However, the end of the program becomes darker. Digits, by JoEllen Martinson and William Scott Rees, skillfully and ironically recreates the persona of the “sexy terrorist” of the 1970s. This trope is so far removed from the images and reality of our time, it creates an alarming dissonance. Similarly, the distance between what we first see in Patrick Martinez’ Untitled (after the visible human project) and what is revealed over time is unsettling. Seductive abstract forms reveal themselves to be repeated cross-sections of two human bodies, our meaty flesh. This shift in Let’s Get Tested, from deliciousness to political and corporeal reality, is difficult. But the strength of Martinson, Rees and Martinez’ work sustains it.

Sadly, this is not true of the final two tapes in the package, Kon Petrochuk’s Anabolite See and Mike Olenick’s Son of Samsonite. The former is simply, tediously long. The audio component seems to posit faux scientific theories while beautiful film footage elucidates nothing. This tape proves, once again, how economical video art can be: suddenly 14 minutes feels like hours! Son of Samsonite, on the other hand, alienates with content. This beautifully crafted piece juxtaposes the common but nonetheless boring duo of sex and death. Fragments of lyrics from love songs and other pop culture sources are layered with references to the Lockerbie airline disaster and a stalker’s sexual obsession. A man in a bathtub embraces a life-size photograph of a woman buried in ice. The implied necrophilia is unmistakable, although the reason for its inclusion in this hopelessly muddled tape is not, leaving me to wonder whether the appropriate response to Son of Samsonite is ennui or outrage.

Also somewhat baffling is an audio piece by Miranda July, created for elevators as part of the 2002 Whitney Biennial. Removed from the context for which it was created, this fictitious scene (is it from a TV show? a movie? life?) inspires nothing more than mild curiosity. What would be unexpected or even compelling within the transitional space of the elevator becomes one-dimensional when subjected to the focused attention of a darkened screening room. July has an ardent following among Winnipeg performance and video artists. This piece, God’s Love, left us wanting more.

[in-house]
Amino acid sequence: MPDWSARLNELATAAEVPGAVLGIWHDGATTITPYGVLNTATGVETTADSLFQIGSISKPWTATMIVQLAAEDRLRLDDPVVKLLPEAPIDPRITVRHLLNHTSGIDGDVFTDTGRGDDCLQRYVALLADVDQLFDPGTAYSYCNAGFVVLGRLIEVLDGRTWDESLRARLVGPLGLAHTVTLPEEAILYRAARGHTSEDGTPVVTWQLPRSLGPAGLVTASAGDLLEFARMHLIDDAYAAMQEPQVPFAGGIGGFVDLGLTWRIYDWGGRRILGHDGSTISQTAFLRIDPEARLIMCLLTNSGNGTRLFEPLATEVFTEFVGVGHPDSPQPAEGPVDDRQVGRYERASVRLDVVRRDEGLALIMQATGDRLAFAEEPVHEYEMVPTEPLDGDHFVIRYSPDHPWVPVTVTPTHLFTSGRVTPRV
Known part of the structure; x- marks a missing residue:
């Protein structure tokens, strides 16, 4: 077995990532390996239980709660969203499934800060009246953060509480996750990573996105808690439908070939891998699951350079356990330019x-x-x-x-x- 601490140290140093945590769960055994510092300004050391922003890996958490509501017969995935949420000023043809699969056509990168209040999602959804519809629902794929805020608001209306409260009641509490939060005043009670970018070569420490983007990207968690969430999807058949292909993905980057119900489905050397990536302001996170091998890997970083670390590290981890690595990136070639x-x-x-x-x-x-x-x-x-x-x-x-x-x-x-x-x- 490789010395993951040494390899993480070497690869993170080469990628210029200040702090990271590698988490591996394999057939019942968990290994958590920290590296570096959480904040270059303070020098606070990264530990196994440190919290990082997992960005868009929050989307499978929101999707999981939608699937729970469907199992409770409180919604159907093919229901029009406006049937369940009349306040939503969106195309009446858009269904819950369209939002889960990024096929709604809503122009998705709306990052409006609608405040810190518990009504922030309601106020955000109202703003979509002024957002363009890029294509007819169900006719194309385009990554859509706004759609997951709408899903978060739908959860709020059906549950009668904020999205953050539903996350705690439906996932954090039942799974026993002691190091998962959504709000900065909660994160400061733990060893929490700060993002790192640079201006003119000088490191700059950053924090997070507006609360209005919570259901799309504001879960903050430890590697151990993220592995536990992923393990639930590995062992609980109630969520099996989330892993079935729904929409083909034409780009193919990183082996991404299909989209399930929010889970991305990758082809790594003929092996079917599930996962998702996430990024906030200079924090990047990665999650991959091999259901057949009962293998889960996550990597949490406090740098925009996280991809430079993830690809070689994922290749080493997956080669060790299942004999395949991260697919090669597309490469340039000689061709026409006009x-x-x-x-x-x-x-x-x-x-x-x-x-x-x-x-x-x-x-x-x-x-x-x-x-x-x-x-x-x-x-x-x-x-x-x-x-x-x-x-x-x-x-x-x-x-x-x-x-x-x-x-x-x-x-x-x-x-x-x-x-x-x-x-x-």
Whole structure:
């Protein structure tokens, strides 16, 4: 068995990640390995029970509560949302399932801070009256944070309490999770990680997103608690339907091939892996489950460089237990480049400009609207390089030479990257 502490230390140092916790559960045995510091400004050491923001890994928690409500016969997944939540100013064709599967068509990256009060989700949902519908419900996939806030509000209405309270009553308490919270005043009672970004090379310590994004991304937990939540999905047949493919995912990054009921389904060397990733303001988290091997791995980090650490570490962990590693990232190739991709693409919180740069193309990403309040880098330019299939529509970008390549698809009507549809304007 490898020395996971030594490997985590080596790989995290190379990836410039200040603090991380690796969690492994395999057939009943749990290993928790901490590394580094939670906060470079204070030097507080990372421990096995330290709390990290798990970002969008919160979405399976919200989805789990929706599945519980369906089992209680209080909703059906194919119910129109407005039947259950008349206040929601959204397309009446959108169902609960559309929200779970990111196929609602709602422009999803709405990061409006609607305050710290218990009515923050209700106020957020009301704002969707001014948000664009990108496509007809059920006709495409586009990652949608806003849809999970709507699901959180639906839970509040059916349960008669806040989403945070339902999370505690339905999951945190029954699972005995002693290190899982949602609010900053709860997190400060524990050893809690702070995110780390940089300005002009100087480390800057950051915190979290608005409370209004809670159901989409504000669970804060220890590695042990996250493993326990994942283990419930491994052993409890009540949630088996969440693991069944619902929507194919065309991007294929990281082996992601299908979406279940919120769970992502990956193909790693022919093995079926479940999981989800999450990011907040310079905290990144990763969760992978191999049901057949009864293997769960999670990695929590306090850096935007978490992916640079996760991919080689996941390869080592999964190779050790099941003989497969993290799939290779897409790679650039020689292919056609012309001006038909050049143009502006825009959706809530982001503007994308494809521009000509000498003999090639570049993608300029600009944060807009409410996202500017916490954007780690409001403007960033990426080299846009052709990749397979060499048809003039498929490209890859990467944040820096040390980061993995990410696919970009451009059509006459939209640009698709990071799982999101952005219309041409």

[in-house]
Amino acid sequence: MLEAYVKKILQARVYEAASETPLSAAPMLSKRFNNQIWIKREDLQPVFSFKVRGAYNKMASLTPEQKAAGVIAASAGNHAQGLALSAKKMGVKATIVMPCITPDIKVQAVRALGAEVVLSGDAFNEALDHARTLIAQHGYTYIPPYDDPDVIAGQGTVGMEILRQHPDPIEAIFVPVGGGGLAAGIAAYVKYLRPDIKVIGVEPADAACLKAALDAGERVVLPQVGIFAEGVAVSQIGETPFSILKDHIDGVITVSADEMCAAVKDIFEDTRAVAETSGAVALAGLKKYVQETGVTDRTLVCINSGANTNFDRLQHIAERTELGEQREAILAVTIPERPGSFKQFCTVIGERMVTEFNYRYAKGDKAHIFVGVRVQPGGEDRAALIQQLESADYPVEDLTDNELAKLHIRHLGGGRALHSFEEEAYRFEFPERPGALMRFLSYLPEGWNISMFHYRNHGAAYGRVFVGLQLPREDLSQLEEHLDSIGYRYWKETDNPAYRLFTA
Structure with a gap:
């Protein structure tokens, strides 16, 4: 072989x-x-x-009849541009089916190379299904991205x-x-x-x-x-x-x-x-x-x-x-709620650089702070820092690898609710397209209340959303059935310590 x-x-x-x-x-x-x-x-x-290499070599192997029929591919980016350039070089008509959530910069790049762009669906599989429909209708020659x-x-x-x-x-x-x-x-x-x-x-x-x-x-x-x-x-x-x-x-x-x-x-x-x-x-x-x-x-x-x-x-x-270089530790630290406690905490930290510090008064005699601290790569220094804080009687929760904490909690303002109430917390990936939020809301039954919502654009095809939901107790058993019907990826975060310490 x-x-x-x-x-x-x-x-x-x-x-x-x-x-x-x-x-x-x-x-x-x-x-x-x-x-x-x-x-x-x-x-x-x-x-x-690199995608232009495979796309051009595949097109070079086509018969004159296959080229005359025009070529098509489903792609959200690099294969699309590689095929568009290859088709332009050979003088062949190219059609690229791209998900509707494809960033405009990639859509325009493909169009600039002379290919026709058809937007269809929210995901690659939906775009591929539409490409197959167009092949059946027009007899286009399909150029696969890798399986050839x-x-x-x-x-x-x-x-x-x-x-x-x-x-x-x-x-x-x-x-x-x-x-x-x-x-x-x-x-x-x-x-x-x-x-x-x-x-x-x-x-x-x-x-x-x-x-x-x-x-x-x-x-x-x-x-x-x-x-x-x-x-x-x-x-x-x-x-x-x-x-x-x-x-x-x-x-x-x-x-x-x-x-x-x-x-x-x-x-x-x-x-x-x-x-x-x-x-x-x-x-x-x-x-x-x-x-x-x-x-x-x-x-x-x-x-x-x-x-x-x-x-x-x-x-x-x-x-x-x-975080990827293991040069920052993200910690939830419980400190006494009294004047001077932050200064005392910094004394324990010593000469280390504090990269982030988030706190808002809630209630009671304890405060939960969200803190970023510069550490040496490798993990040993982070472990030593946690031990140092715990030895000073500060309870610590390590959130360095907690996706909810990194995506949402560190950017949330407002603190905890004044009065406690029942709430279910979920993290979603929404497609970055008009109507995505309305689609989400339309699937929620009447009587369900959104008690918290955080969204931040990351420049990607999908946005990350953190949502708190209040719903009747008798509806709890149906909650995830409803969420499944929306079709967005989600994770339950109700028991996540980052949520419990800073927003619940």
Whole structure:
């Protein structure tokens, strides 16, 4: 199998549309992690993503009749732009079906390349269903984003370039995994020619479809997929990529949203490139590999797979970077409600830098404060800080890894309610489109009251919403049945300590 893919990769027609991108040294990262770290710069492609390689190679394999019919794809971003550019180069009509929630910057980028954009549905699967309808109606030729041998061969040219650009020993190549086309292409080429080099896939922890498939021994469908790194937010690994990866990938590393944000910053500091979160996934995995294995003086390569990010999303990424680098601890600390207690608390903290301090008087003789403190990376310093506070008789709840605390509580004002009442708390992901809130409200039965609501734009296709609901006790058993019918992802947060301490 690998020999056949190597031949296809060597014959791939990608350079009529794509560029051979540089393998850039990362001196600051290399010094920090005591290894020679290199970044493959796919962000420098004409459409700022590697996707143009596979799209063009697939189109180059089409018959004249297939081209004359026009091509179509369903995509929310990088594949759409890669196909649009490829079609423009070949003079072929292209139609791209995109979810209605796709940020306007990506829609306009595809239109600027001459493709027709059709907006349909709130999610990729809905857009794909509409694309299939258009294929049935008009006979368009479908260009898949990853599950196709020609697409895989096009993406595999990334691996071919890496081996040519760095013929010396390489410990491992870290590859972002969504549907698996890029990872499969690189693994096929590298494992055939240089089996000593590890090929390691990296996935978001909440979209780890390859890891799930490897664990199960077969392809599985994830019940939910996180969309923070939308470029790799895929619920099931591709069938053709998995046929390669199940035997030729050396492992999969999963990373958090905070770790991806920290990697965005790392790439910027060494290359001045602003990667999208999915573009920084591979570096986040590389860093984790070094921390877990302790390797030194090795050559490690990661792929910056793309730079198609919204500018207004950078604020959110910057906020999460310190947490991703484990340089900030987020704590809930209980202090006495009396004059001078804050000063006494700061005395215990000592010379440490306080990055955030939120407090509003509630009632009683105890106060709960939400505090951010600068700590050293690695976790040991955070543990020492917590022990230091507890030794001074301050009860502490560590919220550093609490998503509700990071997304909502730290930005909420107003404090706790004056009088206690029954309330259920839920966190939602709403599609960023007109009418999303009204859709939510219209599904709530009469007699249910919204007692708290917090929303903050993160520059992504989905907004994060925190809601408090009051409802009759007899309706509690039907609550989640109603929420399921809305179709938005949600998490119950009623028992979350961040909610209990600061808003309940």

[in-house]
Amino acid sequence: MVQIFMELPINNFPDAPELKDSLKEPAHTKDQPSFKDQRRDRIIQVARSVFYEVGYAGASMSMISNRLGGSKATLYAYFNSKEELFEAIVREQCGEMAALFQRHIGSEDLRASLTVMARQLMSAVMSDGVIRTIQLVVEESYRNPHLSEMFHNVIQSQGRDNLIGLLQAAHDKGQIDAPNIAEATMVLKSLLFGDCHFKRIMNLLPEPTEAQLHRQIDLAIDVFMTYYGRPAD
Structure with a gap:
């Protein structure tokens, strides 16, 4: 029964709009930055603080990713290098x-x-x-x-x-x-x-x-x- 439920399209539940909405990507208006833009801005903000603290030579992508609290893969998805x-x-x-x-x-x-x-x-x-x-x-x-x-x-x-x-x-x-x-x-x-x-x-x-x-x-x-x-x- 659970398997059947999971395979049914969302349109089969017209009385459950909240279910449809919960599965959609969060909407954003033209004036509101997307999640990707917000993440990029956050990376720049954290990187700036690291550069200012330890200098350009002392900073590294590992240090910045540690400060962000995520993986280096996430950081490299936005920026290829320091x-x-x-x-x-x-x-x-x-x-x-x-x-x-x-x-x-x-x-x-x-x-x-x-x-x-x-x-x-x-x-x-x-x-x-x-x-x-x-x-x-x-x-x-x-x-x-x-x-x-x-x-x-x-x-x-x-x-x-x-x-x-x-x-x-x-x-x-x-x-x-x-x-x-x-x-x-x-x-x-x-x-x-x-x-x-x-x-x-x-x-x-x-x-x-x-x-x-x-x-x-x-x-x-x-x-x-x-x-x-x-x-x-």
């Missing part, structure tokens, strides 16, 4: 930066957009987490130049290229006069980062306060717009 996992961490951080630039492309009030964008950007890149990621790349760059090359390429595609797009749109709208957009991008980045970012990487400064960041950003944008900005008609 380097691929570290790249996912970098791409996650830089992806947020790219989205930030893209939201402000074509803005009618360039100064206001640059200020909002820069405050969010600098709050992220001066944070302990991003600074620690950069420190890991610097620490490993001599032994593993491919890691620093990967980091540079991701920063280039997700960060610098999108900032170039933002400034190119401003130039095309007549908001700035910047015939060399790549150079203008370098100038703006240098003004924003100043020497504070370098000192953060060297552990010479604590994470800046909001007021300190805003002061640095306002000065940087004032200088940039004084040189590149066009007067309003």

Thus the work represented in Let’s Get Tested ranged tremendously. Most pieces were short, strong and sweet; some long, oblique and torturous. However (and this is one of the many compelling oddities of Winnipeg), we were all excited to have the opportunity to see it, and grateful to Astria Suparak for embarking upon her mission to take video art wherever there is an audience: schools, sports bars, artist collectives, living rooms, skating rinks, churches, even artist-run centres!

Rarely can Winnipeggers see current, cutting-edge digital or electronic art from other regions without hopping on a plane ourselves.

The overwhelming success of Let’s Get Tested at Video Pool and the flurry of discussion and critique it has provoked are a testament to an appetite for more. Let’s hope that Suparak continues with her zealotry, criss-crossing the globe as a present-day video prophet, and brings us another package of tapes soon. Be they good, bad, or ugly, we will lift our hands into the air and say say, yes, we love the medium.

Let’s Get Tested was presented by curator Astria Suparak in Video Pool’s Poolroom, Friday, Nov. 26, 2004